The most exciting part of watching the end of a motorcycle race is when the top three racers fight to cross the finish line first. This part is the most thrilling part and it is very certain that everyone, including the racers, hold their breath until it is clear who the winner is.
When three racers are reaching the last corner at close distance, each of them knows that anyone can be a winner. It is only a matter of who get the holeshot first. “He who dares wins.” is the adagium of that situation. In such situation, the boldest racer, one who seizes a gap, will wound the throttle wide open and drag his bike pass the checkered flag first. This is the greatest moment in a motorcycle race and it is usually called as split-second victory, because the time margin of the winner and the other racers were just mili-seconds behind.
Some of the most amazing split-second win happened in World Superbike (WSBK) competition. The regulations that require every team uses road bike with limited modifications make split-second victory occurs regularly every season. To me, the greatest split-second win were created awesomely by my favorite racer of all time: Carl Fogarty. Here’s the list:
Fogarty-Kocinski (Assen 1996)
Fogarty rode for Honda Castrol team in 1996 and it was a difficult time for him. This was one race that he had to win if he wanted to keep his 1994 world title. Before race began, Carl was predicted to be able to win it easily because he was a regular winner since 1993. The problem was he had two other racers who fought just as hard as him-John Kocinski and Troy Corser. The whole race was a constant fight of three racers and it was decided at the chicane, before the finish line. Fogarty was leading at first, but Kocinski dived first to the right corner, getting the inside line to give him advantage to come out first, while Corser was right behind Carl, waiting to take advantage too. However, Carl, surprised a little, fixed his mistake by gassing first and stamped his bike first to the right. This purely instinctive move blocked Kocinski, who were accelerating hard, thereby forcing him to hold down his throttle. It appeared as if Carl knew that his RC 45 had immense power to catapult him out from the chicane. Since Kocinski had to slow down a bit, Corser got advantage by dragging behind Carl to settle for second place. It was a fantastic split-second win in the history of motorbike race.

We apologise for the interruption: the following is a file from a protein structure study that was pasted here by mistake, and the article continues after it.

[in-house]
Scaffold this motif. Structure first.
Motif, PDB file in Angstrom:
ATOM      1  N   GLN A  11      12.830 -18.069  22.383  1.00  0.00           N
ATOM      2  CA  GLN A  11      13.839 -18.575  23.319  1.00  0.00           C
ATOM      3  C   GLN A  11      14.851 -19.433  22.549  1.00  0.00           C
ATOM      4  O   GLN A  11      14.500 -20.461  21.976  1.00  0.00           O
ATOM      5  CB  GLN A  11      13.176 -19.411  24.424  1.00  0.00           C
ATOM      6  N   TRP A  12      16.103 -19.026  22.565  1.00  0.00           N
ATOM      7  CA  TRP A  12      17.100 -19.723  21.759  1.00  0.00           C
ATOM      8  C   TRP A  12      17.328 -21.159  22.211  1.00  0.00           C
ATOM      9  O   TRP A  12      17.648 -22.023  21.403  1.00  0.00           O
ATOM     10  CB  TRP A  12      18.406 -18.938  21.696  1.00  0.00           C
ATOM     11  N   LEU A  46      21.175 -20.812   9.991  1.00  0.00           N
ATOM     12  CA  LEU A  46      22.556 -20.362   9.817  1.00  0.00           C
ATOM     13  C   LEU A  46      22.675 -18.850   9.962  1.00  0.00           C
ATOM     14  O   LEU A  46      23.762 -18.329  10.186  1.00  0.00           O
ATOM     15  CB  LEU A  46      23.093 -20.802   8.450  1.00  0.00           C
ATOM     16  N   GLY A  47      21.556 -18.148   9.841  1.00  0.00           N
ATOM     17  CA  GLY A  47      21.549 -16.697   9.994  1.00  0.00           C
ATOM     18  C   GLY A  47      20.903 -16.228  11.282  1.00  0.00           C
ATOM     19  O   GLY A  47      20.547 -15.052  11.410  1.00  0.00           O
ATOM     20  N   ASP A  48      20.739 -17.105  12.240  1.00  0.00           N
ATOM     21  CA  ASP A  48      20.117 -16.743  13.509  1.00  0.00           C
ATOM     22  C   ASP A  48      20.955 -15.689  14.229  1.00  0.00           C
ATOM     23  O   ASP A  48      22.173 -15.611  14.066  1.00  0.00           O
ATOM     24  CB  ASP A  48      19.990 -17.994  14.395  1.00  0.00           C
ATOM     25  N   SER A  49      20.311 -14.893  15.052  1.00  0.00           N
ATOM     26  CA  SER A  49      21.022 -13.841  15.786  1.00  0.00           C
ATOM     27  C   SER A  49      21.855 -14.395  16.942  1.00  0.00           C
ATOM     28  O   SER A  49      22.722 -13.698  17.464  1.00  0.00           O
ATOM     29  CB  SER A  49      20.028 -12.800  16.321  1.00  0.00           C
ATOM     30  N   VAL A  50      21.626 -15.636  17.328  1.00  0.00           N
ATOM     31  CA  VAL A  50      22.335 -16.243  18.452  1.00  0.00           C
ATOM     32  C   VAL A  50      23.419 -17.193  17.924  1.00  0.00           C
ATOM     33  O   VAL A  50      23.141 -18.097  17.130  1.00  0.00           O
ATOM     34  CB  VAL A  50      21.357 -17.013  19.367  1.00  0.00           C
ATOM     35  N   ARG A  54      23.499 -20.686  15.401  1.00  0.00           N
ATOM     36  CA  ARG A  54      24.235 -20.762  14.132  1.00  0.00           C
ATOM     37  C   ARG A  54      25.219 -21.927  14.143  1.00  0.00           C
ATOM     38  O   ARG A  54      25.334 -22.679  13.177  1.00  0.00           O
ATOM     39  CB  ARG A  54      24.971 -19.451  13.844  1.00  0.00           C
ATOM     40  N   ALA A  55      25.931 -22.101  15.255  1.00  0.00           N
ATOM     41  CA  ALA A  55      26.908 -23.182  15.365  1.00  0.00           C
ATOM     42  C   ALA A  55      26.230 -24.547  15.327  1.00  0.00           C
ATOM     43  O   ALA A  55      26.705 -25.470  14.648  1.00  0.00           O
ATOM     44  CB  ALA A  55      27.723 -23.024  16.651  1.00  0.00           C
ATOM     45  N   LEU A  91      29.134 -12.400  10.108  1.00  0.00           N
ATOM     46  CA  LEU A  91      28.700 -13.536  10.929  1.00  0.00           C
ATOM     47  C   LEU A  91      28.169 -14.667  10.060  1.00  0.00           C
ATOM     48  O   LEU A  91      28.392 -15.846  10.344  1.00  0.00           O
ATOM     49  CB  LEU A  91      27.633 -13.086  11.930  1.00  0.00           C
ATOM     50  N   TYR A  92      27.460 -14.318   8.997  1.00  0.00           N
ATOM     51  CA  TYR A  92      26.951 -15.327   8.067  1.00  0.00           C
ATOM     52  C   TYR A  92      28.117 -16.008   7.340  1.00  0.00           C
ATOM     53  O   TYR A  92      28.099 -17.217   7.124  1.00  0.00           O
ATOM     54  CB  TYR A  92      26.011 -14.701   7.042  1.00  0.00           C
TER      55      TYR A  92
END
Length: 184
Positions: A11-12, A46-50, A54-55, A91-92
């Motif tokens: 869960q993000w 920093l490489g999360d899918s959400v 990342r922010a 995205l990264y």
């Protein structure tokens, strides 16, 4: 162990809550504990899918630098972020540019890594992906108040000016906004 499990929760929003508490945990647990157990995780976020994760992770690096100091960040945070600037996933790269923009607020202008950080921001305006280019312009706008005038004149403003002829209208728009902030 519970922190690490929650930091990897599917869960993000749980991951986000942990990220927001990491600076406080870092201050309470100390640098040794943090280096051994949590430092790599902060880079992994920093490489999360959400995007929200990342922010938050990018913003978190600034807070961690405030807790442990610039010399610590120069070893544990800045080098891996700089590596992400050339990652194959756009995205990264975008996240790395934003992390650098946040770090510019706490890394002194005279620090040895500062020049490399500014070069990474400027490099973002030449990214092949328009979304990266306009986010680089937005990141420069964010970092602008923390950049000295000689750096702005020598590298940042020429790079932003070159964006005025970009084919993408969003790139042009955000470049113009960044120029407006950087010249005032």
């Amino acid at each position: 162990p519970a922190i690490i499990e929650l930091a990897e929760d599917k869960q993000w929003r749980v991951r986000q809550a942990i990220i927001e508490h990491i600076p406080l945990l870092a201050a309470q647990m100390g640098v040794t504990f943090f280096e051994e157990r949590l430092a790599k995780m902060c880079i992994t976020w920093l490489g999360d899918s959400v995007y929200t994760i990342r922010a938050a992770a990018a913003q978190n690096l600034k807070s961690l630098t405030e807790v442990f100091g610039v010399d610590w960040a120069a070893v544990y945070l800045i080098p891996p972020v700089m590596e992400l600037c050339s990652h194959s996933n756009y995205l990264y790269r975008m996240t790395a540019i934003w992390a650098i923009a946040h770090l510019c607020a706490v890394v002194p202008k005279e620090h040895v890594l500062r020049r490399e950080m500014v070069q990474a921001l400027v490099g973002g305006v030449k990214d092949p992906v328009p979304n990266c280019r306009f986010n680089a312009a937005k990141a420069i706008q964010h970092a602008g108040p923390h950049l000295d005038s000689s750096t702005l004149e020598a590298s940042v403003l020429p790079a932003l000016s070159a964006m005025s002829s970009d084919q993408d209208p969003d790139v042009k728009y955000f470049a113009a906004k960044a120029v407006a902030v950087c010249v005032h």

Fogarty-Chilli (Assen 1997)
Another race in Assen and this time, it was dramatic. Chilli won the first race and Foggy did not want the same thing happen again in the second race. So, he and Chilli had a close fight through out the whole race and, again, the winner was decided in the last lap, nearing the last chicane. Closing in, Chilli was leading into the last corner but Foggy outbreaked him from the inside and led into the chicane first. The maneuver, which should not have been a big surprised, forced Chilli to break hard, radically decreasing his speed. Somehow, Chilli, seemingly lost his strong composure, didn’t control his throttle and suddenly lost traction with his front end. Chilli had to end his race in a sand trap. Foggy just accelerate to cross the finish line.
Yet, there was a drama following. Chilli accused Foggy of holding him in the last lap, pushing him to break harder and lost the grip of his front tyre. In reality, Chilli fell without his bike even touched Foggy’s.
Fogarty-Edwards (Monza 1998)
Foggy had almost lost this race, if it had not been for the electronic transponder in race bikes. There were three potential racers to win the race: Foggy, Edwards, Chilli; and they were on different bikes. Foggy (Ducati) led the last lap while Edwards (Honda) and Chilli (Suzuki) were tailing close. Closing the first corner, Slight overtook Foggy by braking hard, entering the corner first. Foggy lost the lead and had to stay behind for several kms. At Ascari corner, Foggy made a mistake, running over a kerb, which pushed him to third place and put Chilli in second. It looked as if Foggy had to end the race as third winner. But Foggy quickly recovered and soon passed Chilli in a straight leading to Parabolica turn. At Parabolica, it looked as if Edwards would have won the race since he was well ahead and could have just dragged to the finish line. However, the inner lion in Foggy’s heart was still roaring loud. Refusing to give up, when their bikes were about to get out from Parabolica, Carl immediately wound his throttle wide open, accelerating hard, and went out wider, trying to pass Colin from the impossible outside line.
Colin did not try to block Carl since he thought his inside line was enough to give him victory. What Colin did not know was that Carly risked coming out wider because he knew that he could use the old track to give his tires enough grip, hence allowing him to compete in crossing the finish line first. So, the two riders wound their throttles wide open at the same time and speeded as hard as possible to cross the checkered flag first. In the video, it looked as if they crossed the line together. At first, the verdict stated that Colin won the race. However, photo finish and electronic transponder recorder proved that Carl’s bike, Ducati 916, crossed the line first and Foggy was declared as winner of Monza. Italian fans went nuts but they enjoyed Carl’s victory in Monza.